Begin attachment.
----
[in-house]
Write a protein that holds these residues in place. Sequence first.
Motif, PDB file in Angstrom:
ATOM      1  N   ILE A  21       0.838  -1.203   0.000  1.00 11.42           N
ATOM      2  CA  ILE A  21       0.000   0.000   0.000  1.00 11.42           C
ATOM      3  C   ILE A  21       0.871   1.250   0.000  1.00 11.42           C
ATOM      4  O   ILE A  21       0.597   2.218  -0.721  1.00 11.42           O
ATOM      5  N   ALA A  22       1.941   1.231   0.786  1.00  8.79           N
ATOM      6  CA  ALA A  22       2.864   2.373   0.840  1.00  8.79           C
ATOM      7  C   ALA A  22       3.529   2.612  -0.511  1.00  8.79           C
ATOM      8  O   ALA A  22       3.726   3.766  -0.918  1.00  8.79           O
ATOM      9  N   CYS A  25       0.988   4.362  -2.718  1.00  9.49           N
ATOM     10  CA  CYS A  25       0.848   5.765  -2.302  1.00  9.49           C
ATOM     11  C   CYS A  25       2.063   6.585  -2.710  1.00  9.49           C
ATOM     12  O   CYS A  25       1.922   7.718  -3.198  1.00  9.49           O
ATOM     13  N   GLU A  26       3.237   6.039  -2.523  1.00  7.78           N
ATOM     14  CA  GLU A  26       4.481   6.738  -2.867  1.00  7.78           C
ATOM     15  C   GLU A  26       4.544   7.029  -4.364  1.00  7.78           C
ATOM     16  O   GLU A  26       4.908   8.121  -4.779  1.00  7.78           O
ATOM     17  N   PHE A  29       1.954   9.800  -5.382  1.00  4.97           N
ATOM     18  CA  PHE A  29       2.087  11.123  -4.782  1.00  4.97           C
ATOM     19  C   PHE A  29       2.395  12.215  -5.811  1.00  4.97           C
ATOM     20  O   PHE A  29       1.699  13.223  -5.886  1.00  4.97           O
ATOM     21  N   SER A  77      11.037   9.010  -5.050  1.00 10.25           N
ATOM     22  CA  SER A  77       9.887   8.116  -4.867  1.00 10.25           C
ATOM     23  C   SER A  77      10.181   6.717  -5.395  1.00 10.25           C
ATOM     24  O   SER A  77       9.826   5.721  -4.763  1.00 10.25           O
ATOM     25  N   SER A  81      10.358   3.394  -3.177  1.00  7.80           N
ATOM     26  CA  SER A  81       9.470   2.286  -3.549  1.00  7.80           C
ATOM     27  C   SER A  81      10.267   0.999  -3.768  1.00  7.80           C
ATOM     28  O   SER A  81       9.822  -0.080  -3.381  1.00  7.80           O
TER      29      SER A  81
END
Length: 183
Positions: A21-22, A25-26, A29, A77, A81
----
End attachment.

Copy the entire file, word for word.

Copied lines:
[in-house]
Write a protein that holds these residues in place. Sequence first.
Motif, PDB file in Angstrom:
ATOM      1  N   ILE A  21       0.838  -1.203   0.000  1.00 11.42           N
ATOM      2  CA  ILE A  21       0.000   0.000   0.000  1.00 11.42           C
ATOM      3  C   ILE A  21       0.871   1.250   0.000  1.00 11.42           C
ATOM      4  O   ILE A  21       0.597   2.218  -0.721  1.00 11.42           O
ATOM      5  N   ALA A  22       1.941   1.231   0.786  1.00  8.79           N
ATOM      6  CA  ALA A  22       2.864   2.373   0.840  1.00  8.79           C
ATOM      7  C   ALA A  22       3.529   2.612  -0.511  1.00  8.79           C
ATOM      8  O   ALA A  22       3.726   3.766  -0.918  1.00  8.79           O
ATOM      9  N   CYS A  25       0.988   4.362  -2.718  1.00  9.49           N
ATOM     10  CA  CYS A  25       0.848   5.765  -2.302  1.00  9.49           C
ATOM     11  C   CYS A  25       2.063   6.585  -2.710  1.00  9.49           C
ATOM     12  O   CYS A  25       1.922   7.718  -3.198  1.00  9.49           O
ATOM     13  N   GLU A  26       3.237   6.039  -2.523  1.00  7.78           N
ATOM     14  CA  GLU A  26       4.481   6.738  -2.867  1.00  7.78           C
ATOM     15  C   GLU A  26       4.544   7.029  -4.364  1.00  7.78           C
ATOM     16  O   GLU A  26       4.908   8.121  -4.779  1.00  7.78           O
ATOM     17  N   PHE A  29       1.954   9.800  -5.382  1.00  4.97           N
ATOM     18  CA  PHE A  29       2.087  11.123  -4.782  1.00  4.97           C
ATOM     19  C   PHE A  29       2.395  12.215  -5.811  1.00  4.97           C
ATOM     20  O   PHE A  29       1.699  13.223  -5.886  1.00  4.97           O
ATOM     21  N   SER A  77      11.037   9.010  -5.050  1.00 10.25           N
ATOM     22  CA  SER A  77       9.887   8.116  -4.867  1.00 10.25           C
ATOM     23  C   SER A  77      10.181   6.717  -5.395  1.00 10.25           C
ATOM     24  O   SER A  77       9.826   5.721  -4.763  1.00 10.25           O
ATOM     25  N   SER A  81      10.358   3.394  -3.177  1.00  7.80           N
ATOM     26  CA  SER A  81       9.470   2.286  -3.549  1.00  7.80           C
ATOM     27  C   SER A  81      10.267   0.999  -3.768  1.00  7.80           C
ATOM     28  O   SER A  81       9.822  -0.080  -3.381  1.00  7.80           O
TER      29      SER A  81
END
Length: 183
Positions: A21-22, A25-26, A29, A77, A81